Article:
Step 1: Do not simply go to the embassy. Especially because you need to go to the Brazilian consulate (they are different). Do not simply go to the consulate. You must make an appointment, which can be done here: http://www.conbrasil.org.ar/CONSBRASIL/visas_otros01engl.asp. Note: appointments take TWO WEEKS to make, so do this sooner rather than later.

Step 2: Fill out forms and print to bring to the consulate during your appointment time. Forms can be found on the same page: http://www.conbrasil.org.ar/CONSBRASIL/visas_otros01engl.asp (scroll down).

Step 3: Have a passport picture, flight information, hotel information and address and bank statement printed and ready to go. Note: your passport picture will be a part of your visa that goes in your passport (I say this because I have quite possibly the worst picture in mine).

Step 4: Go during your appointed time and hand in all forms. On the same day, go to the bank that is on Sante Fe (walk out of the consulate, make a left, walk three blocks to Sante Fe, make a left and walk two blocks). Pay at the bank (about $150 US) and KEEP THE RECEIPT.

Step 5: Three days later return to the consulate with the bank receipt and claim your passport.

After I wrote this it seems easy, but I made the mistake of simply going and asking for a visa. I was oh so rudely turned away (in Spanish, and the same person started speaking in English as soon as I had an appointment).

On that note, I’m off to Brazil!

Wednesday, March 23, 2011

A Day in Tigre

A Day in Tigre A fantastic day trip to get out of the city is jumping on the 40 minute train to Tigre. This transport will cost you less than $1 US round trip – you heard me. You will probably have to stand the whole way, but it’s probably safer than those 15 Euro standing room flights Ryanair proposed (is that still an option?). So, off to the beautiful Tigre!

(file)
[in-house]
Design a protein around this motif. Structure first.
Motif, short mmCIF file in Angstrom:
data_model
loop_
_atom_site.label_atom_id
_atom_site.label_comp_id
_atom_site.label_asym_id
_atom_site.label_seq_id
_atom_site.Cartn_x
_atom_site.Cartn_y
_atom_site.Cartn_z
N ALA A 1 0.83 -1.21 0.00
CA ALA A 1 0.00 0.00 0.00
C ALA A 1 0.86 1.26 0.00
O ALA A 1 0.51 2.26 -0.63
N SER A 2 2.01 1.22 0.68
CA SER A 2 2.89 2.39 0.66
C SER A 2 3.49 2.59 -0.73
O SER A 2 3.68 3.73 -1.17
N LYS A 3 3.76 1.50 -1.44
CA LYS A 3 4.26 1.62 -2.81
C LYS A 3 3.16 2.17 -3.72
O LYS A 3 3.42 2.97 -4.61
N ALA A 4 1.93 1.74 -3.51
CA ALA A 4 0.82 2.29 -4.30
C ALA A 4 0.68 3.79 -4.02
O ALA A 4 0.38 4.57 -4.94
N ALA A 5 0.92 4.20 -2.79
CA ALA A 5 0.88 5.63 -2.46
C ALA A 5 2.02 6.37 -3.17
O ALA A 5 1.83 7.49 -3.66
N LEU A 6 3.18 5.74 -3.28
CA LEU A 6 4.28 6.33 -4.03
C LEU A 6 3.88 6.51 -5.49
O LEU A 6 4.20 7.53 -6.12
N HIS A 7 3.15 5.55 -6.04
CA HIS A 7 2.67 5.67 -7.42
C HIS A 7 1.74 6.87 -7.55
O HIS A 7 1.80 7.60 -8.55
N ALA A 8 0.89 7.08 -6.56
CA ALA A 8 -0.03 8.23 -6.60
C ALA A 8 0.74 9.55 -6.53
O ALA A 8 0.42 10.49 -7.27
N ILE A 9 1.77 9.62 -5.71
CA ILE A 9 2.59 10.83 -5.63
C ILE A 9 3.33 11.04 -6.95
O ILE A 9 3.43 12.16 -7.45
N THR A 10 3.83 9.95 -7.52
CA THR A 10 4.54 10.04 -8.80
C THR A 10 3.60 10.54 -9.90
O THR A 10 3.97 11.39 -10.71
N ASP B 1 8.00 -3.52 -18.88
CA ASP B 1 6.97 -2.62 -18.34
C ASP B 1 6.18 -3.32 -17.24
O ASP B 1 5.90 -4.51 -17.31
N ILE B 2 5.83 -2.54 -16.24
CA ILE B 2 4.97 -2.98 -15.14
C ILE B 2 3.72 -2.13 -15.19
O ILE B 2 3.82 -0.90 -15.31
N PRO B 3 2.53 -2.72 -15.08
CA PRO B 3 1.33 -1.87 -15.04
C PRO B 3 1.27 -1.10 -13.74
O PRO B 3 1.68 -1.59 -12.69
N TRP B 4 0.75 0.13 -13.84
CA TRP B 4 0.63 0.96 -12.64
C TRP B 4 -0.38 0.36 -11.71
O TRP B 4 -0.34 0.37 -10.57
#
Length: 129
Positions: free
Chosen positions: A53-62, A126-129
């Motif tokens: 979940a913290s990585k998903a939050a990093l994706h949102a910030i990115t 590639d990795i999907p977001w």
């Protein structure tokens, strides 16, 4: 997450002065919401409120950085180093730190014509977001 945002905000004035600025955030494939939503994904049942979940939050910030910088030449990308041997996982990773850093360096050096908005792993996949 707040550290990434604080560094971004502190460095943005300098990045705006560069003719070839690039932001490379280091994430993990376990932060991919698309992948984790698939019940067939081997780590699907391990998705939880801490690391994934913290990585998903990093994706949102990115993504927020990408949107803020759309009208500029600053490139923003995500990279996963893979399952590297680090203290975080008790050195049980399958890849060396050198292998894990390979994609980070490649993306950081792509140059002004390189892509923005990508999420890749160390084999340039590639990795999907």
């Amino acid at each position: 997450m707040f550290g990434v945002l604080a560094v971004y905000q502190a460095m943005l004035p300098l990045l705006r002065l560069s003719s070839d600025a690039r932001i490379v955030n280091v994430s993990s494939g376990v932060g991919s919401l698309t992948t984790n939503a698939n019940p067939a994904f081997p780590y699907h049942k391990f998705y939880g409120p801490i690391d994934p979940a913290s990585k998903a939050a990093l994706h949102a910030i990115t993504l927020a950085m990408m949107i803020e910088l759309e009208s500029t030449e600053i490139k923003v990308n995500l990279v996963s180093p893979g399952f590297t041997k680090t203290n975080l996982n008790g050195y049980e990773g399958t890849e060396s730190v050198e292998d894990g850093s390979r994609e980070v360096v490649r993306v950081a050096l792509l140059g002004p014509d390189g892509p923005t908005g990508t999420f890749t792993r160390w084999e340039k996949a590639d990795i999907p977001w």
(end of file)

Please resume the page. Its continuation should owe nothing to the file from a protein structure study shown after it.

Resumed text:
In Tigre, there is a market, boat rides, an amusement park (unsure when/if that’s open) and more to do. We arrived late in the day so opted for a stroll by the water.

And we consumed many, many licaudos, which I have recently become obsessed with in Argentina.

It was too late for a boat ride, so we just walked and sat and strolled and relaxed. The market didn’t offer much more than other Argentine markets, except puppies to adopt (which I have actually seen in other markets) and my broken heart left behind with them.

Moving on. Tigre is such a great, quick trip away from the city. I believe there is kayaking and such, but I did not partake because I forgot to wear sunscreen and wore a black dress. En serio? Yes. In sum, Tigre gets one big American thumbs up.

Monday, March 21, 2011

Notable Spanish Mishap 4

Bought it thinking it was face wash, used it as body wash and then realized it was lotion.

Yes, it says crema.

Yes, it also says Happy Time.

Yes, my closet is really messy.

Monday, March 14, 2011

The Rains Down in Argentina

I’ve written about the Rwanda rain, which is scary. But the rain in Argentina definitely gives Africa a run for its money (I could insert a joke in here, but I’m going to respectful decline to do so).